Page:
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A row is brewing between the US and South Africa after a veteran of the struggle against apartheid was refused a visa.
Tokyo Sexwale had intended to be in the US on Thursday to witness the first appearance of the South African mining firm Gold Fields, of which he is a director, on the New York Stock Exchange.
But in the end only his long-time comrade, former President Nelson Mandela, was in New York to ring the bell and open trading.
Mr Sexwale had been denied a visa because during the apartheid era he had been sent to prison by the South African government for throwing a grenade at police while smuggling weapons.
Anyone with a record of serious crime is permanently barred from getting a visa to the US without special dispensation.
The incident has incensed opinion in South Africa.
"We struggled under the banner of the ANC (African National Congress)," Mr Sexwale told reporters as he watched the ringing of the bell on satellite TV in the ANC's Johannesburg headquarters.
"It would be very unfortunate to find that we have to serve other sentences for fighting apartheid."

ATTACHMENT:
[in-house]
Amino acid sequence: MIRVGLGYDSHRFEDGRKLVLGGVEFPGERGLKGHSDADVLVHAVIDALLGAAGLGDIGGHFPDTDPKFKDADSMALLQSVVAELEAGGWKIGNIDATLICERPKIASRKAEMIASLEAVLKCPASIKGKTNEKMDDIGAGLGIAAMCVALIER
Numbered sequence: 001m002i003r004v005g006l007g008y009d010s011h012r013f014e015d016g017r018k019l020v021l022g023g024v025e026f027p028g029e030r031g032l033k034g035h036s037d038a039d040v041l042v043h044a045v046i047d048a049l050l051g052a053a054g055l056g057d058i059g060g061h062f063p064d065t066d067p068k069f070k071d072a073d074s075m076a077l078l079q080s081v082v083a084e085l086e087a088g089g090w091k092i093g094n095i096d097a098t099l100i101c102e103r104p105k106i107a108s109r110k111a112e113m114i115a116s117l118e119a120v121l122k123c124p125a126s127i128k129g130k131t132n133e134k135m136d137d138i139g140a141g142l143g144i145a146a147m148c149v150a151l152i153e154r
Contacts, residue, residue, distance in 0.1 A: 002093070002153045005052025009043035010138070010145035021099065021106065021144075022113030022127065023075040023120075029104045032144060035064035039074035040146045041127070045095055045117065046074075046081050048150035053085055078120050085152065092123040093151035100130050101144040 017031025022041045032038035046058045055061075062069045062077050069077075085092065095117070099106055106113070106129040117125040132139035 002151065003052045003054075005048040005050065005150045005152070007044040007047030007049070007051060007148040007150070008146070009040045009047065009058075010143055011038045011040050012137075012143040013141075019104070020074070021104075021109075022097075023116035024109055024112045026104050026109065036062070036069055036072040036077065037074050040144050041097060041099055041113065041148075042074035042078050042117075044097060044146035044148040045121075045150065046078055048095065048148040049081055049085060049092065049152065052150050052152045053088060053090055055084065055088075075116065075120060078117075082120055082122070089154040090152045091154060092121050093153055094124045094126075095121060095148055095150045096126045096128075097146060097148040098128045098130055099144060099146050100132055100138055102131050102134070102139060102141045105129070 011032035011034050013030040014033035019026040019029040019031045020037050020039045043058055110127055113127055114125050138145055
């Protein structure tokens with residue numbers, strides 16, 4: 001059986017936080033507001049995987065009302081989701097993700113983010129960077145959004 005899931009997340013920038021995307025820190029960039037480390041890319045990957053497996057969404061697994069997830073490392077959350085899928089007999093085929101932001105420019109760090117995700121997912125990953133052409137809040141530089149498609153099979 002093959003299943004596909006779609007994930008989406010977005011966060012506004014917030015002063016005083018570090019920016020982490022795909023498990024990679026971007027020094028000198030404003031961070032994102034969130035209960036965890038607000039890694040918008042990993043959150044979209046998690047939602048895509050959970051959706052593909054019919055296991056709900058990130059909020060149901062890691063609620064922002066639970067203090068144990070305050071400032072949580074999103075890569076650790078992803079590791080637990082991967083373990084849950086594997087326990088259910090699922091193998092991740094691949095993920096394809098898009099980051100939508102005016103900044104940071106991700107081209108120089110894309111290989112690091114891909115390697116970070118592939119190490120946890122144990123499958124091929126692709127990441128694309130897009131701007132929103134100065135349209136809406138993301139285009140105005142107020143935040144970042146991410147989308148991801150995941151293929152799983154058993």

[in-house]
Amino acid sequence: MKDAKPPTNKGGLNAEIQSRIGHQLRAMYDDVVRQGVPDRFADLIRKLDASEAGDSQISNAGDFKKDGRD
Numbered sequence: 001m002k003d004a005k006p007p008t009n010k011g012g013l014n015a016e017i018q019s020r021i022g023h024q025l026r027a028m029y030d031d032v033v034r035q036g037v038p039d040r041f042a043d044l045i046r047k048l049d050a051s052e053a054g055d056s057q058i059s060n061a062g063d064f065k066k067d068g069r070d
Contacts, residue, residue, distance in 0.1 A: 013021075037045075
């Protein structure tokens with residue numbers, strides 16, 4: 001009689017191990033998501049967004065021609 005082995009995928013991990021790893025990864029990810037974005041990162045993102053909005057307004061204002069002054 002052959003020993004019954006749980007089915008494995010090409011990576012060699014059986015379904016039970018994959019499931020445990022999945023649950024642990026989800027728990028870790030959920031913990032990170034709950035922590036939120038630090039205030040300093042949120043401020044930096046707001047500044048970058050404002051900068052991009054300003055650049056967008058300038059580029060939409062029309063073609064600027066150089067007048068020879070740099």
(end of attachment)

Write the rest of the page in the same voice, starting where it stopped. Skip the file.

And the government was just as angry.
Calling the situation "incredible" and "amazing", foreign minister Nkosana Dlamini-Zuma said she had objected in writing and in person to the US ambassador to South Africa.
"We reject this with the contempt it deserves," she said.
She added that until 11 September, waivers were routinely granted to senior ANC members without the need to apply.
The US administration had assured her it would work to prevent a repetition, she said, but had warned that the necessary congressional action could take a long time.
US authorities were embarrassed by what appeared to be an administrative mistake rather than a deliberate slight.
Denying that the ANC was still seen as a terrorist organisation, a State Department spokesman said Mr Sexwale only applied for the visa 24 hours before he was due to arrive - too short a time to get the waiver approved by Washington DC.
"If it is determined that you have been convicted of a serious offence, you are declared permanently ineligible to receive a visa," said Judy Moon, a spokeswoman for the US Embassy in Pretoria.
"You may apply for a waiver of that, and that must be decided in Washington."
Technically that means that Mr Mandela - having served 27 years as a political prisoner - also needs a waiver.
Ms Moon refused to say whether he had applied for one, saying she could not comment on individual cases.
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